This year's Live Earth concert series will treat audiences to performances by more than 100 artists, but putting together the massive, inter-continental event surely isn't easy. Organizers have less than two months to coordinate the concert series, but have recently found themselves on the receiving end of one animal rights organization's wrath: PETA slammed Al Gore's non-vegan Live Earth concerts, demanding to know why the climate change events are not serving an exclusively no-meat, no-dairy fare. Live Earth responded by stating that it does not have full control over which food vendors the concert venues employ. Gore himself has not yet responded, but Bustle has reached out to him for comment.
According to email exchanges between PETA and Live Earth organizers acquired by BuzzFeed News, the radical animal rights group repeatedly asked organizers if they plan to serve a vegan-only menu, to which organizers responded that they were coordinating with their partners on concerts' sustainability and that they were devoted to promoting the vegan lifestyle. Gore and Kevin Wall are co-founders of the event, which this year will ambitiously take place across seven continents on June 18.
Senior vice president of PETA Lisa Lange told Buzzfeed News in an email that Live Earth organizers displayed "hypocrisy and sheer laziness" should the event fail to be a non-vegan-only affair. She added:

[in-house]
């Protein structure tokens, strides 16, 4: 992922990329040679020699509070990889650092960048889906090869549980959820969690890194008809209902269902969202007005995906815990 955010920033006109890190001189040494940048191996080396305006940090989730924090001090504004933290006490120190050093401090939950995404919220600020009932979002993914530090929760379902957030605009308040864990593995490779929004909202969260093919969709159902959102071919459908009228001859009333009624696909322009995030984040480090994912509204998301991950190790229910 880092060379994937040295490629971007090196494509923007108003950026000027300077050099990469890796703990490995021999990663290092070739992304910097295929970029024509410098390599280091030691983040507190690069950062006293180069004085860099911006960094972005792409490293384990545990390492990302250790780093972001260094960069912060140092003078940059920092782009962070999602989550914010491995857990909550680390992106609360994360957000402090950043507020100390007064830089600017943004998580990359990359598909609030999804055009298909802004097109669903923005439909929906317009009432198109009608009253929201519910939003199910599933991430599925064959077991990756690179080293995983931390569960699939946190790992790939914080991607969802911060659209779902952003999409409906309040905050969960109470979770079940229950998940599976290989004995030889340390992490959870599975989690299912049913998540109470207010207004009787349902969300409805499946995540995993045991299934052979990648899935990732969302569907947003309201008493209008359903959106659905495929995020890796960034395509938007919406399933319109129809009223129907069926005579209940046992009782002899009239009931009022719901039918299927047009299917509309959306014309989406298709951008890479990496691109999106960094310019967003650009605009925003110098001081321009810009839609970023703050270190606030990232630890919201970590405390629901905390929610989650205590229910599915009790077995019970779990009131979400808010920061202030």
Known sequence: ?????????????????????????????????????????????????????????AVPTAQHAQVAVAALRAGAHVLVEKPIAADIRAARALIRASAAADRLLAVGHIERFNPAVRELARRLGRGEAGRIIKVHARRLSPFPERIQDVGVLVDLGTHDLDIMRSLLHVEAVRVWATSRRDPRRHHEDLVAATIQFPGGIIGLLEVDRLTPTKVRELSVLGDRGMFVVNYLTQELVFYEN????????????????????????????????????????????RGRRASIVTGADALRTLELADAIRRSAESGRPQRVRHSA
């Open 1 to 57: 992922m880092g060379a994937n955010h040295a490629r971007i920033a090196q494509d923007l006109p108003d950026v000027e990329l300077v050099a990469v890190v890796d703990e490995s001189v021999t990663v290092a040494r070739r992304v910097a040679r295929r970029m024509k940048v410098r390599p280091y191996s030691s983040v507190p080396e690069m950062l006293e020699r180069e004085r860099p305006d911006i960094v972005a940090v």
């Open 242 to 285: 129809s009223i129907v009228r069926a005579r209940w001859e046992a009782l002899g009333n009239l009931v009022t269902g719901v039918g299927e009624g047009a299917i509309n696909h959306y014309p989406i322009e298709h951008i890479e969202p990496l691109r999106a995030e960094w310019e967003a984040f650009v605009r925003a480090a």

They either care about stopping climate change or they’re more interested in the appearance of caring. While they decide, the earth is dying so PETA is hoping they immediately announce that they’re putting their mock meat where their mouths are, and making the Live Earth events vegan.
Director of communications for Live Earth Jillian Dunn told BuzzFeed News that organizers did not have total control over the venues' fare as some of them have pre-existing agreements with vendors:
Where it’s in our control, we go with what the principles of our events and our campaign are and that falls into being as vegan as possible. We’re very conscious of how animal production and animal waste affects climate, as well as animals themselves.
PETA previously sent a letter to Gore and Wall urging for the event to not serve meat or dairy products and also wrote on its website petitioning supporters to back up their message by sending one themselves. The page read:
Kevin Wall and Al Gore refuse to say whether the event will be vegan, as any event seeking to stop climate change must be, or whether they will serve Earth-killing meat and dairy products.
Veganism has long been touted as the most environmentally-sustainable diet, and has gained widespread popularity across the nation; Gore himself went vegan in 2013. A federal panel involved in setting up federal dietary guidelines took into account environmental impact in its recommendations for the first time this year, advising Americans that a vegan diet is both healthy and has less impact on the environment — which, naturally, caused a hostile reaction from the meat industry.
But the diet is not wholly supported by many environmental activists, and debate is rife. While making the point that a climate change-promoting event should reflect that in most (if not all) aspects of itself is an excellent one, the vegan diet is still relatively new to the mainstream public, whose enthusiasm for halting climate change does not necessarily translate to their eating habits.
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